I had eight brothers and sisters. Every schoolday morning, as my mother made the rounds from room to room waking us all up, someone would shout, from the very edges of slumber, "FRONT SEAT WINDOW!" Thus the most important car pool battle of the day was settled before any of us got out of bed.
Cut to 7:36 this morning. I’m shivering in the car waiting for Youngest who has run back into the house to get his shoes. His shoes! Not something as excusable as, say, his PE uniform or a permission slip. But no, this is a child who is the first up, every day, and still has the temerity to arrive at the car without his shoes. When he returns, breathless, I say in my exceedingly annoyed tone, the one that is just shy of yelling, that he REALLY needs to learn how to get himself ready in the morning. Without acknowledging my diatribe, he proceeds to demand that Middle, who is already ensconced in the front seat, let him ride shotgun. He has an explanation for why this is only fair which, though too boring to recount, is compelling enough. I side with him. While Middle moves to the back seat and Youngest takes ownership of the front, I say sternly, "Since just the two of you will be riding to school next year, do you think it is possible for you to figure out this whole who-gets-to-ride-shotgun-and-when stuff before the school year starts?"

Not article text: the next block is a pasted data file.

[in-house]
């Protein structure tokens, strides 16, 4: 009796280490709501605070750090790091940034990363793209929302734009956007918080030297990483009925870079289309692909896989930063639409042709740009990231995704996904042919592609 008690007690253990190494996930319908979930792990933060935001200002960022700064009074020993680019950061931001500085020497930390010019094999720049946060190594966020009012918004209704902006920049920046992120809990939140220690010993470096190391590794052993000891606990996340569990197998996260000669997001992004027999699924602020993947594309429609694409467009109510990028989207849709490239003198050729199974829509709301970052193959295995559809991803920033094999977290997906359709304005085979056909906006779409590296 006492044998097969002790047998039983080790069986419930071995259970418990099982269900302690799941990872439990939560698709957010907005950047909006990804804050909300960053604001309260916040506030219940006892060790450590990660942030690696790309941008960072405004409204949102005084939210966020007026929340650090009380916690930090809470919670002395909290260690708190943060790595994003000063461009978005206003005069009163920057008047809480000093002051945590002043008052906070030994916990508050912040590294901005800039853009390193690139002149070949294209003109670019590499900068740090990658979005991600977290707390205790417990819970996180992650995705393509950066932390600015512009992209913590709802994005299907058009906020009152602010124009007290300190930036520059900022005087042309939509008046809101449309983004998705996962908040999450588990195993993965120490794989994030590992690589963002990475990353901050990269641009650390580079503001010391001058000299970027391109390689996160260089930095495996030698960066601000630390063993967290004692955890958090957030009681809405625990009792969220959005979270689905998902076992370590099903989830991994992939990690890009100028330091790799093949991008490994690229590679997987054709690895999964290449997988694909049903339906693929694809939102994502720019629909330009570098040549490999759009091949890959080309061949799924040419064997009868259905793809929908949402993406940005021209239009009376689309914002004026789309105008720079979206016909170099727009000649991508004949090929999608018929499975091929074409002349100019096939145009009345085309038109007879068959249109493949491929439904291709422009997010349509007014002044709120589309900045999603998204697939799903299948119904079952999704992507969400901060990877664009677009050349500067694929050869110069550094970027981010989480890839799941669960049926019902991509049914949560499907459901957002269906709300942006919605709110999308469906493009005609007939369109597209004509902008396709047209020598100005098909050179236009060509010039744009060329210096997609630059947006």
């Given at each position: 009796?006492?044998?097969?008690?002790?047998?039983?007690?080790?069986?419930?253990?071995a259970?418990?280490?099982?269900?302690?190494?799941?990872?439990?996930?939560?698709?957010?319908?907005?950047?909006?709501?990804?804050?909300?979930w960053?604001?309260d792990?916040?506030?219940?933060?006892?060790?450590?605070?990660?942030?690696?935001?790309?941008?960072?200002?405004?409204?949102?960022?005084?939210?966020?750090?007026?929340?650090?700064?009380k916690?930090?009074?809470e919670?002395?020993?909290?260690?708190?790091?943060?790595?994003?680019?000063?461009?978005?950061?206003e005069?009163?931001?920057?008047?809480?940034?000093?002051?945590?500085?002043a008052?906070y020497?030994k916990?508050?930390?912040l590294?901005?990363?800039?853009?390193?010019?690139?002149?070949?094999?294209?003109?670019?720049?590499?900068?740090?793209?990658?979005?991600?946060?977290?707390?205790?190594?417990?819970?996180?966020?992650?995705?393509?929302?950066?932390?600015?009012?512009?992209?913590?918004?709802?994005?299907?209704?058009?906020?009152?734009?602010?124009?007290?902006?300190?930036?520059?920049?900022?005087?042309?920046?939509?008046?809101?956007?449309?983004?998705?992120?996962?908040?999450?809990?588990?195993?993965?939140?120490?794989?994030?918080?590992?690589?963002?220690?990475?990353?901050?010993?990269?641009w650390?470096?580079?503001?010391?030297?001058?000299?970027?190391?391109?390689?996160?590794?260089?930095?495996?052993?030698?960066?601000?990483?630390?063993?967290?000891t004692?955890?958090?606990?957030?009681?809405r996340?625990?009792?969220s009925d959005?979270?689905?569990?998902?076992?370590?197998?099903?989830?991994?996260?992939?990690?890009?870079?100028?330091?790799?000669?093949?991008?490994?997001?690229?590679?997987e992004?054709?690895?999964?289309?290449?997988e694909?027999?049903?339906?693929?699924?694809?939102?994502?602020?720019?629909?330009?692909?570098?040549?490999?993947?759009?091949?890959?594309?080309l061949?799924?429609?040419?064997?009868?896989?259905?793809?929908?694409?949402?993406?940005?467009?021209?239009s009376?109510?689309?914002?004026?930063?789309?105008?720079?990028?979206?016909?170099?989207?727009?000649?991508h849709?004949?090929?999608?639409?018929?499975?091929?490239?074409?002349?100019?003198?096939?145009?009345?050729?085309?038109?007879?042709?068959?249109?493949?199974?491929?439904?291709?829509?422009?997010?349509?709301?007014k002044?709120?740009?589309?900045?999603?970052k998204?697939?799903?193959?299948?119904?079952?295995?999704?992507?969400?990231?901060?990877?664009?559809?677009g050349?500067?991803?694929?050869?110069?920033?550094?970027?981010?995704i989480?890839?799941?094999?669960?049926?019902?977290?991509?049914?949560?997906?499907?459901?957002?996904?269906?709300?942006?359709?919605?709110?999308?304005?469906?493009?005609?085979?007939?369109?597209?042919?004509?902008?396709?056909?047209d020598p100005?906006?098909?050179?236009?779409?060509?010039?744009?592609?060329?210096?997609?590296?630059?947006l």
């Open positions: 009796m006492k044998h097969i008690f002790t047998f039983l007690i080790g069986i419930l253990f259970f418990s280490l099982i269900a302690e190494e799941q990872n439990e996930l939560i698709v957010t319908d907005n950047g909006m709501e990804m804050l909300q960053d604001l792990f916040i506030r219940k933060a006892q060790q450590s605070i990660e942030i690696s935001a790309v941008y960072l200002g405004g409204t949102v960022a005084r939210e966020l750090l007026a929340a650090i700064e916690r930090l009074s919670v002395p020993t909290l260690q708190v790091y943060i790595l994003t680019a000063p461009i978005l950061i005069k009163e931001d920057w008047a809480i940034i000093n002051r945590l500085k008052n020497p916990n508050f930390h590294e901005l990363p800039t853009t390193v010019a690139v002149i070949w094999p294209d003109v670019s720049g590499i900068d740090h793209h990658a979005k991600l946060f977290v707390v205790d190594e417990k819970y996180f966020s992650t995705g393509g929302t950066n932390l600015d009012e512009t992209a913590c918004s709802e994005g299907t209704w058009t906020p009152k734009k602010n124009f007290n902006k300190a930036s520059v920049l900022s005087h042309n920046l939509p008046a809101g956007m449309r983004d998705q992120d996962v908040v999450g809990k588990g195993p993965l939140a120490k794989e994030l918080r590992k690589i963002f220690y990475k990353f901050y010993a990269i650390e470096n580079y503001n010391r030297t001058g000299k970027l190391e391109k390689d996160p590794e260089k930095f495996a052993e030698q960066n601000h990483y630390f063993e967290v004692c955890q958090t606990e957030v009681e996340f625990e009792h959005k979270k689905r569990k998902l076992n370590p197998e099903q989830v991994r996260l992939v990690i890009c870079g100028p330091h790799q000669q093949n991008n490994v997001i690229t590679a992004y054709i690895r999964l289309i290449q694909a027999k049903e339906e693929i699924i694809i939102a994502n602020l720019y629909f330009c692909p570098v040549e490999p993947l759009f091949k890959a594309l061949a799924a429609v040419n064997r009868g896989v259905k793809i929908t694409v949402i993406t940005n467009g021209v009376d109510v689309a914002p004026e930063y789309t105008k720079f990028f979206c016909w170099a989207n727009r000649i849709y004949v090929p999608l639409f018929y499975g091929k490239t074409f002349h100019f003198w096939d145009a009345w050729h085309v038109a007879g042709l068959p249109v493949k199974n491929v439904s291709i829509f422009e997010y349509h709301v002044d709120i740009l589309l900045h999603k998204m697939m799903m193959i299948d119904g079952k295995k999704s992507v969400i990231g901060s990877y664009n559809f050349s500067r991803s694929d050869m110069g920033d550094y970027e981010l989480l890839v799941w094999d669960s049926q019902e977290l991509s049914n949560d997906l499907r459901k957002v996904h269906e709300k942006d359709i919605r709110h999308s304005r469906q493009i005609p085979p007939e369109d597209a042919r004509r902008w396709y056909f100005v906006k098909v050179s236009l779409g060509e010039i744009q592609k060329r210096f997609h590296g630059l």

Dead silence. Then:
"You know," Youngest says calmly as he puts on his shoes, "if you had perfect kids, you’d have nothing to do. You wouldn’t be able to help them learn anything. There’d be no fun in parenting."
There are moments when you realize with equal parts chagrin and astonished pride that your child has leapfrogged ahead of you – way ahead of you.